Intel reported record first-quarter revenue on strength of its data-centric businesses, which accounted for 49 percent of first-quarter revenue.
The company also expects its full-year revenue of $67.5 billion, up $2.5 billion from its prior guidance.
"Coming off a record 2017, 2018 is off to a strong start. Our PC business continued to execute well and our data-centric businesses grew 25 percent, accounting for nearly half of first-quarter revenue," said Brian Krzanich, Intel CEO. "The strength of Intel's business underscores my confidence in our strategy and the unrelenting demand for compute performance fueled by the growth of data."
"Compared to the first-quarter expectations we set in January, revenue was higher, operating margins were stronger and EPS was better," said Bob Swan, Intel CFO. "Our data-centric strategy is accelerating Intel's transformation, and we're raising our earnings and cash flow expectations for the year."
Intel has been focused on transforming itself from a supplier of personal computers to a maker of chips for growing data center business and newer areas such as driverless cars and artificial intelligence.
In the first quarter, Intel saw strong performance from data-centric businesses, which accounted for approximately half (49%) of Intel's revenue, an all-time high. The Data Center Group (DCG) achieved growth in all market segments and saw increasing adoption of Intel Xeon Scalable processors, including for artificial intelligence
workloads. Non-Volatile Memory Solutions Group (NSG) revenue grew 20 percent as strong demand for storage continued. The Programmable Solutions Group (PSG) won new designs with server OEMs adding Intel's field programmable gate array (FPGA) acceleration to their data center offerings, and strong demand from retail and video customers drove first-quarter growth in the Internet of Things Group (IOTG).
The Client Computing Group (CCG) continued its strong execution and introduced a new lineup of high-performance mobile products including the 8th Gen Intel Core i9 processor and a new Intel Core platform extension that brings together the benefits of 8th Gen Intel Core processors with Intel Optane memory.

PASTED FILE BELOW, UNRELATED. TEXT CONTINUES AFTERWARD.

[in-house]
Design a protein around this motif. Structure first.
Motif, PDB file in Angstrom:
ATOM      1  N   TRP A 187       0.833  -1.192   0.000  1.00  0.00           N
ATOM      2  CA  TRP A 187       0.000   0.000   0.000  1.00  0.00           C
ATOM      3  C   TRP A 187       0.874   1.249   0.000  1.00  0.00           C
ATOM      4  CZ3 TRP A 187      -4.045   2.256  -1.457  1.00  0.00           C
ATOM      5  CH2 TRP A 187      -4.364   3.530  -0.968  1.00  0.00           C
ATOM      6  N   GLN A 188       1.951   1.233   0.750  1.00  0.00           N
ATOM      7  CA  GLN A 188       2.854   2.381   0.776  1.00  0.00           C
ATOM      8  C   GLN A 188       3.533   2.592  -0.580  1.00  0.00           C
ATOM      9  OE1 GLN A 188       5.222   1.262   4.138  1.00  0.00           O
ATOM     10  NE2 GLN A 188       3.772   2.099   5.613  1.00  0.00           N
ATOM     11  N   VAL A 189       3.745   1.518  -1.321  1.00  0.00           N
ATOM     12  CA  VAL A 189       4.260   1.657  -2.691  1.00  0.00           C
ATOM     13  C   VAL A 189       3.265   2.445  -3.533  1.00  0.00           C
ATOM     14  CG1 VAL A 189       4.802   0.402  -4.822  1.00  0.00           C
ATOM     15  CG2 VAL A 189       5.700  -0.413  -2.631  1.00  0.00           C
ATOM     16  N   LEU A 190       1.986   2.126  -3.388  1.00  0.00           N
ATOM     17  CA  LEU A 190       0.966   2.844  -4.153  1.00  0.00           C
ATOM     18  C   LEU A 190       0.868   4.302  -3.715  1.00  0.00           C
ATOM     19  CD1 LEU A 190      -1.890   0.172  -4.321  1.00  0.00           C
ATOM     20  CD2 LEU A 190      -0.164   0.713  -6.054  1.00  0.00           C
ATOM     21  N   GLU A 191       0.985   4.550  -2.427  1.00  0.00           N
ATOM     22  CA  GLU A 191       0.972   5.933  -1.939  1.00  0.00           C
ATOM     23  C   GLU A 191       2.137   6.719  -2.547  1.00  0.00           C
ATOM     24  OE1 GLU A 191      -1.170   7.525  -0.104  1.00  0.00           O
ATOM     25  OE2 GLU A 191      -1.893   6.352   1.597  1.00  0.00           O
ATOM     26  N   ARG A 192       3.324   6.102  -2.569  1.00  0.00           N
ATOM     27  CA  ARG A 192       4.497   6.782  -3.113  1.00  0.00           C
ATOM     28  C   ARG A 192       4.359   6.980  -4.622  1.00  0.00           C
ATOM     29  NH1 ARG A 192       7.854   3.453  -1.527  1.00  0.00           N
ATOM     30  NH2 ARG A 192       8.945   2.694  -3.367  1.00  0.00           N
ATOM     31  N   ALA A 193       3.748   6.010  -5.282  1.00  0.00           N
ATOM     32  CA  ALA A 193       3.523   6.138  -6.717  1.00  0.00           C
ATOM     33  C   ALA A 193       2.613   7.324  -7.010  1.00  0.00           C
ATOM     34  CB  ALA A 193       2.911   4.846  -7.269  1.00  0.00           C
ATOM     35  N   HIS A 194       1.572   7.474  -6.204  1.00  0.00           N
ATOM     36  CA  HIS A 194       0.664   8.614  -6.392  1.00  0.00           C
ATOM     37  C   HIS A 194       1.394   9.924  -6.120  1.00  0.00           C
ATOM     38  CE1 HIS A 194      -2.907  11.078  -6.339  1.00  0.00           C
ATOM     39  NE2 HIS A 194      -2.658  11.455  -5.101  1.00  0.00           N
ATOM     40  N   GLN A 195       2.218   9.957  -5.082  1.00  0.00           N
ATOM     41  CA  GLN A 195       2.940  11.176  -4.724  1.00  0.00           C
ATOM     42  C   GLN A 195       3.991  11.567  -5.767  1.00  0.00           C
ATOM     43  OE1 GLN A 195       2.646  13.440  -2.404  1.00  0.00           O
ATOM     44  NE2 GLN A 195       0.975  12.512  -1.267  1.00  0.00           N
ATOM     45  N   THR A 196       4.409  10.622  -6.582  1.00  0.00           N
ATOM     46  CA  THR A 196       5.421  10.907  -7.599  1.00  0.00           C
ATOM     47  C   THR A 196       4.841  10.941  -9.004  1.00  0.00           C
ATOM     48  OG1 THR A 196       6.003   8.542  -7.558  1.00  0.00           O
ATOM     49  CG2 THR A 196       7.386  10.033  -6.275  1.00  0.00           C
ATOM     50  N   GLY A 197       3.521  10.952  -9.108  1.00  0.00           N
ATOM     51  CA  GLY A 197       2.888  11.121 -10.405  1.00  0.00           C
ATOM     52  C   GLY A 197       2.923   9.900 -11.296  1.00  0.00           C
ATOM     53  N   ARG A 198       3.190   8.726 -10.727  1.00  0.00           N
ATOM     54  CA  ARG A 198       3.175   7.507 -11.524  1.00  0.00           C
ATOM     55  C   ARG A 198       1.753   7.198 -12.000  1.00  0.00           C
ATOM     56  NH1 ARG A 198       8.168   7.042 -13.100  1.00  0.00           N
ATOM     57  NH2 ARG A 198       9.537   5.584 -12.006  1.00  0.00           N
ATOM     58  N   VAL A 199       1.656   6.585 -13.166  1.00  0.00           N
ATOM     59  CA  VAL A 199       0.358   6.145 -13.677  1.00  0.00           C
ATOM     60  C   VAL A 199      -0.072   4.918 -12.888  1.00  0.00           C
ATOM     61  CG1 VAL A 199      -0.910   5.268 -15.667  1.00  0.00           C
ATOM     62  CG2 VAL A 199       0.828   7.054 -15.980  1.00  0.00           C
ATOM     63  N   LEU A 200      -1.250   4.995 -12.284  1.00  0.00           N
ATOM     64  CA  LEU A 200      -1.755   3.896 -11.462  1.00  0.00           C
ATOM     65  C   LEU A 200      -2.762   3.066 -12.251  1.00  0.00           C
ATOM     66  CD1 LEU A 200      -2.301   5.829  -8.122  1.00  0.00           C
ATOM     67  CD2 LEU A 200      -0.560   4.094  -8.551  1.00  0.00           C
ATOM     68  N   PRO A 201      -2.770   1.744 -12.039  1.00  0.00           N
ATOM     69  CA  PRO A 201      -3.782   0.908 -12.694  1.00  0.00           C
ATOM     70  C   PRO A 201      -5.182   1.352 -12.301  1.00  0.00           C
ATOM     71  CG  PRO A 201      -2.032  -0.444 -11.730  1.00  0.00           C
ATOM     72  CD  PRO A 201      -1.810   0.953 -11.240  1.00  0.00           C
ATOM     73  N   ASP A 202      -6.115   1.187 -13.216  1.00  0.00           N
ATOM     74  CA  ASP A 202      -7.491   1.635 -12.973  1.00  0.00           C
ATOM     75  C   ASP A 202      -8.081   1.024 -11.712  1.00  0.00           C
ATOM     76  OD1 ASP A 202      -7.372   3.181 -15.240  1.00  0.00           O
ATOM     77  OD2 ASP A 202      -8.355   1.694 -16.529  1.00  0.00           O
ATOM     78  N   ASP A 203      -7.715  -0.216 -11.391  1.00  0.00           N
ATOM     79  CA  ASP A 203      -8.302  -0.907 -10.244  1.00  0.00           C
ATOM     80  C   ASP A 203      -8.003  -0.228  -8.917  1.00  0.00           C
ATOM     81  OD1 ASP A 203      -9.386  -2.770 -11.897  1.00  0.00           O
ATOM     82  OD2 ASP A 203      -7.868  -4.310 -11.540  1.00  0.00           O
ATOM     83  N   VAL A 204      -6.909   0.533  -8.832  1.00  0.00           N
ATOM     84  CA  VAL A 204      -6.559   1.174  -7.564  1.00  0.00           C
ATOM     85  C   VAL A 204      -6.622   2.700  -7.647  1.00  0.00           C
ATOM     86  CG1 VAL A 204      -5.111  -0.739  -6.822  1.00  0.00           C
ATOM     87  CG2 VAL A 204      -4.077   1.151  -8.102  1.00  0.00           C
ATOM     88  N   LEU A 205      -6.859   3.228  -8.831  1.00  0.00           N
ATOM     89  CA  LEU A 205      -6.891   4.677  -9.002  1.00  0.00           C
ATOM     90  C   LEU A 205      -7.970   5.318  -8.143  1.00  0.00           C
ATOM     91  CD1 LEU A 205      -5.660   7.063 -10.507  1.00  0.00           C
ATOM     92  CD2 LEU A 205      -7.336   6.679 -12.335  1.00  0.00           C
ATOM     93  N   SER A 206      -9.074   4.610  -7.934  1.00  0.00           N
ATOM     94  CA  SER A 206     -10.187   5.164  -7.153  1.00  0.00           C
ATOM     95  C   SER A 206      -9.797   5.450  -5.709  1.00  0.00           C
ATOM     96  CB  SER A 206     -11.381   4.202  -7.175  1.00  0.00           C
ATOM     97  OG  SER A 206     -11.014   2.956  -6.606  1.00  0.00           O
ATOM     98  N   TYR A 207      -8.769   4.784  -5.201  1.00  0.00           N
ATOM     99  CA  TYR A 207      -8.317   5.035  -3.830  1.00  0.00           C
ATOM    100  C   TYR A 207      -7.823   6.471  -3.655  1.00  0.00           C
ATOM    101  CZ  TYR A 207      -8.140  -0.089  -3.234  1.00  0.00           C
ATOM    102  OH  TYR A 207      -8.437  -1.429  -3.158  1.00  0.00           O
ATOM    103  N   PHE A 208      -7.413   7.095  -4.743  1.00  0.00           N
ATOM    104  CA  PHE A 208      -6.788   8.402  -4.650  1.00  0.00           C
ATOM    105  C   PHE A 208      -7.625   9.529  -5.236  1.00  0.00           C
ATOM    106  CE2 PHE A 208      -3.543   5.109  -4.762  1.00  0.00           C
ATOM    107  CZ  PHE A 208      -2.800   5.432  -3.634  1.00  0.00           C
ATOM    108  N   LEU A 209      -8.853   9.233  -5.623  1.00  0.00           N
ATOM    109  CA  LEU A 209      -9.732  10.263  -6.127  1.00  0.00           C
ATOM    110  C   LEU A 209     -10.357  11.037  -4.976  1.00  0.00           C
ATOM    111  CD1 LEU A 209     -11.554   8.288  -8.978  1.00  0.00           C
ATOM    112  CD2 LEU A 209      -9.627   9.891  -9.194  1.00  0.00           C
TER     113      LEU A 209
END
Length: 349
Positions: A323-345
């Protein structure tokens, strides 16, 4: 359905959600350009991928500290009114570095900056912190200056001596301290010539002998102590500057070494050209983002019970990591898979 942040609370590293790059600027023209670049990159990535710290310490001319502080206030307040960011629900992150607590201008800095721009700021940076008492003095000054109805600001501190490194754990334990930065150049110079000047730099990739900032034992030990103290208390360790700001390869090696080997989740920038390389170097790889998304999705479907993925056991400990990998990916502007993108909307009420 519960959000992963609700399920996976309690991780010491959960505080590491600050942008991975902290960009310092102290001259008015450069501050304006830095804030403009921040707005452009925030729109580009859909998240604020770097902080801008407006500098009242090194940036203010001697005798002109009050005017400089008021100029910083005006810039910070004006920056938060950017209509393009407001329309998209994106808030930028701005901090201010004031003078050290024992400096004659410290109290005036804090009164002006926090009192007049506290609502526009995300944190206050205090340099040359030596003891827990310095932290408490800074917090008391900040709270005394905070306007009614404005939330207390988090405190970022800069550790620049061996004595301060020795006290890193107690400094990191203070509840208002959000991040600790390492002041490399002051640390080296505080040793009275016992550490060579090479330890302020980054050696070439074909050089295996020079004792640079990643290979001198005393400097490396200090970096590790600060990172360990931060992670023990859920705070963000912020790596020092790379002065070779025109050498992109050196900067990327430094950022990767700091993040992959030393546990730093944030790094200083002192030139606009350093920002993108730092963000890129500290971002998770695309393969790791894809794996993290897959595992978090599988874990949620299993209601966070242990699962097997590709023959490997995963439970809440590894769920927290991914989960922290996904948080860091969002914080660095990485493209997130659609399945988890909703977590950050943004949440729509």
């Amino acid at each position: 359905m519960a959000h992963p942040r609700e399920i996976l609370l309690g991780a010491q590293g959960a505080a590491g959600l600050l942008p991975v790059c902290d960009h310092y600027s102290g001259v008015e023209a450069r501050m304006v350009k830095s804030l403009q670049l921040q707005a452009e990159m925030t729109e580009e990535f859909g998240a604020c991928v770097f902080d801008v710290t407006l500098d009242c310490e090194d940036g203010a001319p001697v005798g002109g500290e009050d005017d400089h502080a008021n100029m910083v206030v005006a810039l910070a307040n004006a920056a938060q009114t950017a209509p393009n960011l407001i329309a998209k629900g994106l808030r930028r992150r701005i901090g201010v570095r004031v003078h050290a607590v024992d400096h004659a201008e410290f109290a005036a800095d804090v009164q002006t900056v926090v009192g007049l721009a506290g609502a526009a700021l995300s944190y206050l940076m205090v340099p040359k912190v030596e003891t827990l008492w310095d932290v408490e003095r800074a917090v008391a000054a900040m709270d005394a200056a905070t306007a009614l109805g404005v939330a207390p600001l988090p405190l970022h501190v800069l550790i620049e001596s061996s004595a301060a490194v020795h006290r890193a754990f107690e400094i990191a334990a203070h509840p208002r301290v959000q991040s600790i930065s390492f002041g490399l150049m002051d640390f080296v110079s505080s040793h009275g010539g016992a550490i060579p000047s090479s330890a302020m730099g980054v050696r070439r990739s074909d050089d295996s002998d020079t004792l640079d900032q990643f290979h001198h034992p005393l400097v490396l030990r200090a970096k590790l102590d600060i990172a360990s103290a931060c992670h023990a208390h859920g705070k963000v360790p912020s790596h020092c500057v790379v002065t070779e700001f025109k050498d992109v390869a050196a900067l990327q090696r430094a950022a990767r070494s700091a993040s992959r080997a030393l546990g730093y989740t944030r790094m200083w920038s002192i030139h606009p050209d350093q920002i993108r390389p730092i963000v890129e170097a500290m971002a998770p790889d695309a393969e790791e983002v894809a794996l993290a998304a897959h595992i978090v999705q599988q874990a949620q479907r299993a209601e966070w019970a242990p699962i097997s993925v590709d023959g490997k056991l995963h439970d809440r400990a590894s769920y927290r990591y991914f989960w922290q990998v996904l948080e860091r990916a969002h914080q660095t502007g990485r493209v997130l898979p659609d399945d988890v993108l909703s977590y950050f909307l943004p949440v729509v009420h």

Revenue at Intel's client computing, which supplies chips to PC makers and is the biggest contributor to sales, rose 3 percent to $8.2 billion.
Revenue from the data center business recorded its biggest gain of 24 percent to $5.2 billion.
The company's net income rose to $4.45 billion, or 93 cents per share, in the quarter ended March 31, from $2.96 billion, or 61 cents per share, a year earlier. Net revenue rose to $16.07 billion from $14.80 billion.
In autonomous driving, Mobileye continued momentum with automotive customers and recently won a high-volume design for EyeQ. The company also began operating autonomous vehicle test cars in Israel with plans to expand the fleet to other geographies.
Intel has delayed the transition to a more advanced chip manufacturing process. The company said it will continue to make 14 nm process and architectural optimizations in both data center and client products that will be coming this year.
Intel is currently shipping low-volume 10 nm product and now expects 10 nm volume production to shift to 2019.
In a conference call with analysts following its first quarter earnings announcement, Intel CEO Brian Krzanich said Intel is shipping 10nm products in low volumes and that yields are improving, but that the rate of improvement is slower than the company expected.
"As a result, volume production is moving from the second half of 2018 into 2019," Krzanich said. "We understand the yield issues and have defined improvements for them, but they will take time to implement and qualify."
Krzanich said the yield issues are tied to defects resulting from the amount of multi-patterning required for 10nm, the last node before Intel will begin using extreme ultraviolet (EUV) lithography at 7nm.